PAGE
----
The **figure() in Python **is a** pyplot** module of the **matplotlib** **library** used to create a new figure.

**Matplotlib figure**

**Matplotlib figure()** is a library function used to create a new figure or activate an existing figure.

**Syntax**

```
matplotlib.pyplot.figure(num=None, figsize=None, dpi=None, facecolor=None, edgecolor=None,
frameon=True, FigureClass=<class 'matplotlib.figure.Figure'>,
clear=False, **kwargs)
```

**Arguments**

The **matplotlib.pyplot.figure()** function has some optional arguments as parameter:

**num**: This argument takes string or integer values. This is the unique identifier provided for each image. If this unique identifier already exists, the existing figure will be activated.**figsize**: This describes the figure size of the created image. The size of the image is passed in this argument. It takes two floating point values as values. The width and inches are passed in this argument.**dpi**: This dpi stands for dots per inch. This argument takes floating numbers as values. This argument is used to describe the resolution in which the figure is needed to be created.**facecolor**: The facecolor of the image is passed in this argument. This is the background color of the figure.**edgecolor**: The edge color of the figure is passed in this argument.**frameon**: This is the Boolean value. If False, then it suppresses the figure by drawing the frame. By default, it is passed as True.**figureclass**: This parameter uses a custom figure instance. This can be used for the subclass of the figure.**clear**: This takes a Boolean value as a value to this argument. If the value is passed as True and the figure already exists, it clears the existing figure.**tight_layout**: This is a Boolean value. If True, then it adjusts the subplots by the default paddings. This argument also accepts dictionaries. The properties are passed inside the dictionary the default properties are overridden with these properties.**constrained_layout**: This is a Boolean value. If True, then it uses the constrained layout to adjust the positioning of the plot elements.

**Return value**

The figure() function returns a figure as the return value. The figure instance is returned from the **figure()** function.

**Program for creating a scatter plot using matplotlib.pyplot.figure**

```
# Importing matplotlib.pyplot as plt.
import matplotlib.pyplot as plt
# Importing numpy as np
import numpy as np
# x coordinates are created
x = np.array([5, 20, 10, 67, 99, 45, 32, 34, 42])
# y coordinates are created
y = np.array([90, 80, 8, 20, 10, 90, 5, 99, 54])
# A new Figure pic is created
fig = plt.figure("pic", figsize=(8, 5))
# scatter plot is created
plt.scatter(x, y)
# x axis is labeled as X-Axis
plt.xlabel('X-Axis')
# y axis is labeled as Y-Axis
plt.ylabel('Y-Axis')
# Title is kept for the Scatter plot
plt.title('Scatter Plot Example')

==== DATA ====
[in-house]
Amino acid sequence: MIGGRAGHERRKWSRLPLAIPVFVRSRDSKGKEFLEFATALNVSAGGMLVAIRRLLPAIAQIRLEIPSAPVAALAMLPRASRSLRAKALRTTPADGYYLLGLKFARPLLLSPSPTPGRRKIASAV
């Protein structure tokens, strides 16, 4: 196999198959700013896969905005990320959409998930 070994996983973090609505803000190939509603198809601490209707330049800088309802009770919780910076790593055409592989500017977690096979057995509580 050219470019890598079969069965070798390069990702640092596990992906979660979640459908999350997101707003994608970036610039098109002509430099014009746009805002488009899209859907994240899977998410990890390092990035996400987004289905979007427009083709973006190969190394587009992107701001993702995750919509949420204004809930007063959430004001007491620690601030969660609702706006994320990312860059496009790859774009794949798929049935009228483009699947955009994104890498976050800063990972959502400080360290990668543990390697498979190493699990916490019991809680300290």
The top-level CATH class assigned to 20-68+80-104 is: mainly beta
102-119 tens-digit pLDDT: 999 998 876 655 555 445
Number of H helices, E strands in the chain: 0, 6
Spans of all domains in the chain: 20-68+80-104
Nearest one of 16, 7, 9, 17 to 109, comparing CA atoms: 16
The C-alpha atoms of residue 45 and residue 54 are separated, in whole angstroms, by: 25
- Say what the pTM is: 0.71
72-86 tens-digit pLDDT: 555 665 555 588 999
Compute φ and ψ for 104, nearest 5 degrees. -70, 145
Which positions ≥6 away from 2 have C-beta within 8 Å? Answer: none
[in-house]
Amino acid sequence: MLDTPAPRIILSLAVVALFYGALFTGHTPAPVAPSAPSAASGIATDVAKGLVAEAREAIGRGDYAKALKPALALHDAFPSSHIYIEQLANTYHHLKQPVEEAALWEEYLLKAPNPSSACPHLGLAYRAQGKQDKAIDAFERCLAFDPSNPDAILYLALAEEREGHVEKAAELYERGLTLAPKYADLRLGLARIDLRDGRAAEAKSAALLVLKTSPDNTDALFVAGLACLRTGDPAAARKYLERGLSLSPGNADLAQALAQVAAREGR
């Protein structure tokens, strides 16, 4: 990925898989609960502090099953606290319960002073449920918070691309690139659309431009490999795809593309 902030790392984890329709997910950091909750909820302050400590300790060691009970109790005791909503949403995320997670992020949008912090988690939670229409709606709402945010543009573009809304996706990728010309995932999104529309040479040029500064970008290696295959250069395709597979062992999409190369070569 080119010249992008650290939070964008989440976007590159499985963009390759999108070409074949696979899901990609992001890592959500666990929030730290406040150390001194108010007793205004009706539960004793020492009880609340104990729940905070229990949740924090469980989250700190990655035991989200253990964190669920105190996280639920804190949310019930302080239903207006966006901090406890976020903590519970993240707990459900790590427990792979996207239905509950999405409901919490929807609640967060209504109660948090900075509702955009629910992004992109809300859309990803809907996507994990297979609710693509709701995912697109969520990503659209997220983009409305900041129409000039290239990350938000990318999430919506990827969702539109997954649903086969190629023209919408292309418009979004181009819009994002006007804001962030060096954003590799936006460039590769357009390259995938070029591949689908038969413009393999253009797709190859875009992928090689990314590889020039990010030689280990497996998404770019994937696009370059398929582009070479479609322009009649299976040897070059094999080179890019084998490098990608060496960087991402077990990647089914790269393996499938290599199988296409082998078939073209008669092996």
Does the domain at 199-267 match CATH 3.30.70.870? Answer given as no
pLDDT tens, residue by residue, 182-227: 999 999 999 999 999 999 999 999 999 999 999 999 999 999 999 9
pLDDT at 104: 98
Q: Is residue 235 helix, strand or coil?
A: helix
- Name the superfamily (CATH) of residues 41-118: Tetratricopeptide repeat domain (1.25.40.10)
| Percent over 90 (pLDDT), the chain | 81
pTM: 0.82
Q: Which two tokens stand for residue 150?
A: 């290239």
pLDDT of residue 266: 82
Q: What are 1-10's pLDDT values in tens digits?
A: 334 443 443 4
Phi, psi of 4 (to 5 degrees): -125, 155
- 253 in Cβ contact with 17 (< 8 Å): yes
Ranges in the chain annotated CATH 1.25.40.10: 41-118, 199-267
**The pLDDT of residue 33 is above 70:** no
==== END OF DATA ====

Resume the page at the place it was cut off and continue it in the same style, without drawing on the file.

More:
# Saving the created graph using the savefig function
plt.show()
```

**Output**

In this program, we imported **matplotlib.pyplot** for creating a figure. The matplotlib library consists of all the functions for plotting different types of graphs and charts. Then, we imported numpy for creating x coordinates and y coordinates. Finally, we created a new figure with a unique identifier as pic and the figuresize as ( 8, 5 ).

Hence a new figure instance is created. Then we passed the two coordinates into the scatter function. The scatter function creates a scatter plot by combining x and y coordinates. The scatter plot is used when the data points are scattered unordered. In this example, the data points are unordered; hence this example describes the scatter plot properly.

Then, we displayed the scatter plot using the show() function.

**Program for creating a subplot in a figure using matplotlib.pyplot.figure**

```
# Importing matplotlib.pyplot as plt.
import matplotlib.pyplot as plt
# Importing numpy as np
import numpy as np
# x coordinates are created
x = np.array([5,20,10,67,99,45,32,34,42])
# y coordinates are created
y = np.array([90,80,8,20,10,90,5,99,54])
# A new Figure sub_plot is created
fig=plt.figure("sub_plot",figsize=(10,10),facecolor='gray')
# Subplot is created for the figure
sub1=fig.add_subplot(2,1,1)
sub1.scatter(x, y)
# creating u coordinates
u = np.array( [ "Maths", "Science", "Social", "Computer science" ] )
# Creating height coordinates
height = np.array( [ 90,60,70,98 ] )
# Creating bar chart using bar function
sub2=fig.add_subplot(2,1,2)
sub2.bar( u, height )
fig.suptitle("Example of subplot")
plt.show()
```

**Output**

In this program, we imported a matplotlib.pyplot module for creating a figure. The matplotlib library consists of all the functions for plotting different types of graphs and charts.

Then, we imported numpy for creating x coordinates. Next, we created two arrays for storing x and y coordinates. Then, we created the figure using the figure function.

In the next step, we passed the unique identifier as **sub_plot** and the facecolor as gray. Then, we created the subplot in this figure using the add_subplot() function. This function creates a subplot in the figure.

In the next step, we plotted a scatter plot in the first subplot.

Then we created two numpy arrays. One array is used for storing the subject names, and the other is for storing the subject marks.

At last, we plotted these values in a bar graph in the second plot. Hence, we plotted a scatter plot in the first subplot and a bar chart in the second subplot. Then we displayed the figure using the show() function.

That’s it for this tutorial.